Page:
Obesity has become a central issue in the global health care agenda; both governments and their citizens are becoming increasingly more conscious about this problem, which is having strong negative consequences in terms of personal well-being and public health care costs. Recognizing the problem is the first step toward improvement, but we still have a long way to go in order to find permanent solutions to the global obesity epidemic.
The war against obesity is here to stay, and it will provide different opportunities for companies and their shareholders to profit from this trend over years to come.
The obesity pandemic
According to the latest annual report from the Robert Wood Johnson Foundation and the Trust for America's Health, adult obesity rates have remained level in almost every state in the U.S. over the last years. But overweight and obesity rates are still too high: More than two-thirds of American adults are either overweight or obese, 13 states have adult obesity rates above 30%, 41 states have rates above 25%, and every state is above 20%.
Obesity is not only associated with developed countries anymore. According to a recent report by the United Nations Food and Agricultural Organization, Mexico has surpassed the US as the most obese nation in the world with a 32.8% obesity rate among Mexican adults, compared to 31.8% among adults in the United States.
More sedentary urban jobs, coupled with a higher concentration of commercially available low-quality food and poor nutritional education are expanding the obesity epidemic in emerging countries.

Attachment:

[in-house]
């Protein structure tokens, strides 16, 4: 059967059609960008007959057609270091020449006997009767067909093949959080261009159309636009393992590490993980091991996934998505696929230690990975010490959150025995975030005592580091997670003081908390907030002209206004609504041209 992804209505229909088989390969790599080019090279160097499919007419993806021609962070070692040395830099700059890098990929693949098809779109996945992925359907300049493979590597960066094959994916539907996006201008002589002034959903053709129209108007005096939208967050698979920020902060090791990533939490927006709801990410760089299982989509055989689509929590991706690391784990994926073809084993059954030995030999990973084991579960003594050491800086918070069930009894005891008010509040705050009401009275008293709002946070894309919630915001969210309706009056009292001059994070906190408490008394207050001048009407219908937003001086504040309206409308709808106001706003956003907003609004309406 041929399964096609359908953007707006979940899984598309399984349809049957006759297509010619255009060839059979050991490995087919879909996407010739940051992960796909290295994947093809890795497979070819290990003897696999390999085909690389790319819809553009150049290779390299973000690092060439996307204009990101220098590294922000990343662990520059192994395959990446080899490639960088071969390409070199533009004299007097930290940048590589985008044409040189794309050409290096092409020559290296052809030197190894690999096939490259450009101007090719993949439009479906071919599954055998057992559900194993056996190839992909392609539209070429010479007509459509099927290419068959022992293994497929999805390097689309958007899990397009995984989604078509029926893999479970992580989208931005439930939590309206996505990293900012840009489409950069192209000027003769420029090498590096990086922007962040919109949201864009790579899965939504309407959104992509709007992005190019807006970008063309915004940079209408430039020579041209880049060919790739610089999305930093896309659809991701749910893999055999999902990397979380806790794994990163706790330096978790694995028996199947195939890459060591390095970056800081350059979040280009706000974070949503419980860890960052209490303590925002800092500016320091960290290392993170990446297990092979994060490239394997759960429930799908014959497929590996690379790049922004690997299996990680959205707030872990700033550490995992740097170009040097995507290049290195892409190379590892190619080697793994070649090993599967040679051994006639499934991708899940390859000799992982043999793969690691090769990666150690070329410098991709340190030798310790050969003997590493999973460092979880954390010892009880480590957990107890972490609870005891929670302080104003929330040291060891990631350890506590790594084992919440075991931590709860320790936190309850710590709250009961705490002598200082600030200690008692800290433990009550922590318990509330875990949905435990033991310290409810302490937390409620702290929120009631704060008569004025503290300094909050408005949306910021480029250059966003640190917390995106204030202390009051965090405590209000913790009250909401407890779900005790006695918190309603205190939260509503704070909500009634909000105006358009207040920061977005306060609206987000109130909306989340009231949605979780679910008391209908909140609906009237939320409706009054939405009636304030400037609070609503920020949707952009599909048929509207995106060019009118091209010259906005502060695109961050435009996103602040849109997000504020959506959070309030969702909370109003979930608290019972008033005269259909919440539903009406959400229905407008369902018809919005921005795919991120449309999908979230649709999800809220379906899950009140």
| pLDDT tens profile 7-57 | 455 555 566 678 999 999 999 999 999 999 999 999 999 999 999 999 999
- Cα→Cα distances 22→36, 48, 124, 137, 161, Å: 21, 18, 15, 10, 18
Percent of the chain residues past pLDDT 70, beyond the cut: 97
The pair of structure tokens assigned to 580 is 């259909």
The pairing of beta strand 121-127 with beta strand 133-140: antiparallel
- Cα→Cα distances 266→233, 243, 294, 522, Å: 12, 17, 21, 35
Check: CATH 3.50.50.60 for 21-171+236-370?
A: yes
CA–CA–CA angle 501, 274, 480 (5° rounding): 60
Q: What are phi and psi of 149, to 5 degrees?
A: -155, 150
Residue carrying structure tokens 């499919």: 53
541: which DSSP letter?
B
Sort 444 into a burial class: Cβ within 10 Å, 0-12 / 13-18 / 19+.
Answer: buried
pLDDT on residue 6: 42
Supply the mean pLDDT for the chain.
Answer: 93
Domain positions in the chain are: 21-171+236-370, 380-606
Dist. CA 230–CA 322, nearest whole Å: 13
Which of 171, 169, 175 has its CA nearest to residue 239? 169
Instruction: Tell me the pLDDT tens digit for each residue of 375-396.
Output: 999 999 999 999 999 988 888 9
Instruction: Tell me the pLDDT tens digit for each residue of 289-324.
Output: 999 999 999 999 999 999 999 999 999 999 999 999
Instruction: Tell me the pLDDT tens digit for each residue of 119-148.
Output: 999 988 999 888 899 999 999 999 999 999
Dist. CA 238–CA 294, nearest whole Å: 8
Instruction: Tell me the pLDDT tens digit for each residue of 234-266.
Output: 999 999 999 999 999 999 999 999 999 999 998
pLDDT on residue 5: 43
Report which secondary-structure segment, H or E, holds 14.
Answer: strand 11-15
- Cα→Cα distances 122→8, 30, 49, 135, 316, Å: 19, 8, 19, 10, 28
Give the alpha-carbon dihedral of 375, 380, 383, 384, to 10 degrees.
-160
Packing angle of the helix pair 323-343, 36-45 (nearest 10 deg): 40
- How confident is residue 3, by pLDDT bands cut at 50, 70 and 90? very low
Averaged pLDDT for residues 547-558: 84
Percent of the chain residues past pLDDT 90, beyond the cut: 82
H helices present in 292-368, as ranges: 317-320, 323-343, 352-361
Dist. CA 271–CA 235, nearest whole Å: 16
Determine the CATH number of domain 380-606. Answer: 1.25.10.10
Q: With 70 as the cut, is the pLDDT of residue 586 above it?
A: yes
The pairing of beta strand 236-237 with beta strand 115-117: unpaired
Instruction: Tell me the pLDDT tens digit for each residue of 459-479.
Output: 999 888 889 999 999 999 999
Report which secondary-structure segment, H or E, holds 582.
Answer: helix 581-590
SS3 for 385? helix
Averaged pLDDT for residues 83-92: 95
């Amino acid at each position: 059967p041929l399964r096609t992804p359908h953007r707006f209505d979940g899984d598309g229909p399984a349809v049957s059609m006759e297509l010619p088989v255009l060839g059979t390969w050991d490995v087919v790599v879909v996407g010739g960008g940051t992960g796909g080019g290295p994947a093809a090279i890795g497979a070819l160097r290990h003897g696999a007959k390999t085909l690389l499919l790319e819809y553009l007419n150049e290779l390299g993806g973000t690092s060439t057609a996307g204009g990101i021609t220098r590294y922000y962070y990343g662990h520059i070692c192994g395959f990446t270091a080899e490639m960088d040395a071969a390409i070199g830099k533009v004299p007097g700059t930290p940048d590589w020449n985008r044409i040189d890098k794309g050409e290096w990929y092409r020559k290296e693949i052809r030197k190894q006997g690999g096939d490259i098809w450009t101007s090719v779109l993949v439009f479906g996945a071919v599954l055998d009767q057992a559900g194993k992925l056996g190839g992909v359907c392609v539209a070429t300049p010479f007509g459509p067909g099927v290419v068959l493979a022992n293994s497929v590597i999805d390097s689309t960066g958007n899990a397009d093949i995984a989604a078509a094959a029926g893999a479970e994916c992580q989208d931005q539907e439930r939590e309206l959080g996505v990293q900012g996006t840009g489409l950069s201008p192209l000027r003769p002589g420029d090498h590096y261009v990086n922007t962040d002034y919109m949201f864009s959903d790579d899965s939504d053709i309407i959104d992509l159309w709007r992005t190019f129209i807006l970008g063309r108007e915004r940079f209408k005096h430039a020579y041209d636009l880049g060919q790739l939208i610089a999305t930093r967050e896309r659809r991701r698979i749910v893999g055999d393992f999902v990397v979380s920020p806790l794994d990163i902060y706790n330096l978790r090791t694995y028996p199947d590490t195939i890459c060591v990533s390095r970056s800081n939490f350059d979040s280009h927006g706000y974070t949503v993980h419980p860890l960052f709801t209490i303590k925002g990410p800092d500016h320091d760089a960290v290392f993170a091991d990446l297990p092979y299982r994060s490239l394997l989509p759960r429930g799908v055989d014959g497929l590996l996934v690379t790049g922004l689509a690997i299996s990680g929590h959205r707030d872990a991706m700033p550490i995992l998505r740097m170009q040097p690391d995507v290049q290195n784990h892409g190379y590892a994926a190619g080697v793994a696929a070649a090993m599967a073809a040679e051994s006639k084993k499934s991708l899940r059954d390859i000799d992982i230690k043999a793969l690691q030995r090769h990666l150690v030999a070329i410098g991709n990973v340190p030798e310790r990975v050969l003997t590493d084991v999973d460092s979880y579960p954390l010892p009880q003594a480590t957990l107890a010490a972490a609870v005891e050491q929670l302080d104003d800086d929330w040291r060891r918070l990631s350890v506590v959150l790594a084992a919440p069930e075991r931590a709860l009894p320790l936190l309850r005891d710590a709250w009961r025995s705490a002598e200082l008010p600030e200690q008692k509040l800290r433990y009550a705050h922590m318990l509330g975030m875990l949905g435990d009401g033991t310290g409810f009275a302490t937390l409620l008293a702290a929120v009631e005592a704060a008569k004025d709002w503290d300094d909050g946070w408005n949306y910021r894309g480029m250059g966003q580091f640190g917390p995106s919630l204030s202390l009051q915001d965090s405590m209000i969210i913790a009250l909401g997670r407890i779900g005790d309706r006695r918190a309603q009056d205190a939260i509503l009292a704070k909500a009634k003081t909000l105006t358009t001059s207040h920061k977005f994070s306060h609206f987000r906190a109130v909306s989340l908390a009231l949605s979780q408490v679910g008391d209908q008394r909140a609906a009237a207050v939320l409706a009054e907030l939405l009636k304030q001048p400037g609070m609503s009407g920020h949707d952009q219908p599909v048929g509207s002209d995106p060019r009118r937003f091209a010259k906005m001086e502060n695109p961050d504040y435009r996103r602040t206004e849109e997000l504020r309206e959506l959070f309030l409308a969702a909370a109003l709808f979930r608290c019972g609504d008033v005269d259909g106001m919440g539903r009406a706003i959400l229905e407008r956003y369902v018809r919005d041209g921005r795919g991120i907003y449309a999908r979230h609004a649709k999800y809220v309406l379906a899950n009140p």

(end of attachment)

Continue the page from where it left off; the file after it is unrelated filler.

Diabetes, asthma, orthopedic problems, and some types of cancer are directly related to obesity, so this has huge implications on a personal level and also when it comes to public health care costs. The world is at war against obesity, and plenty of resources will be invested in that battle over the next years.
The obesity pills
Two biotech companies are fighting for the leading position when it comes to commercializing drugs to combat obesity: Arena Pharmaceuticals (NASDAQ:ARNA) with Belviq and VIVUS (NASDAQ:VVUS) with Qsymia -- both drugs are already competing against each other in the market -- and investors have some strong reasons to closely monitor the evolution of sales.
Arena and VIVUS are relatively small companies with market capitalizations in the area of $1.54 billion and $1.23 billion, respectively. Considering the size of the opportunity, if any of them manages to achieve considerable success, investors could be rewarded with explosive returns in the middle term.
On the other hand, these companies expose investors to significant risks -- developing and marketing new drugs is always an expensive and uncertain activity -- and Arena nor VIVUS has proven the commercial success of their respective drugs. Sales of Belviq and Qsymia have been lackluster so far, and it's far too early to make any definitive assessments, so both obesity drugs are facing significant challenges.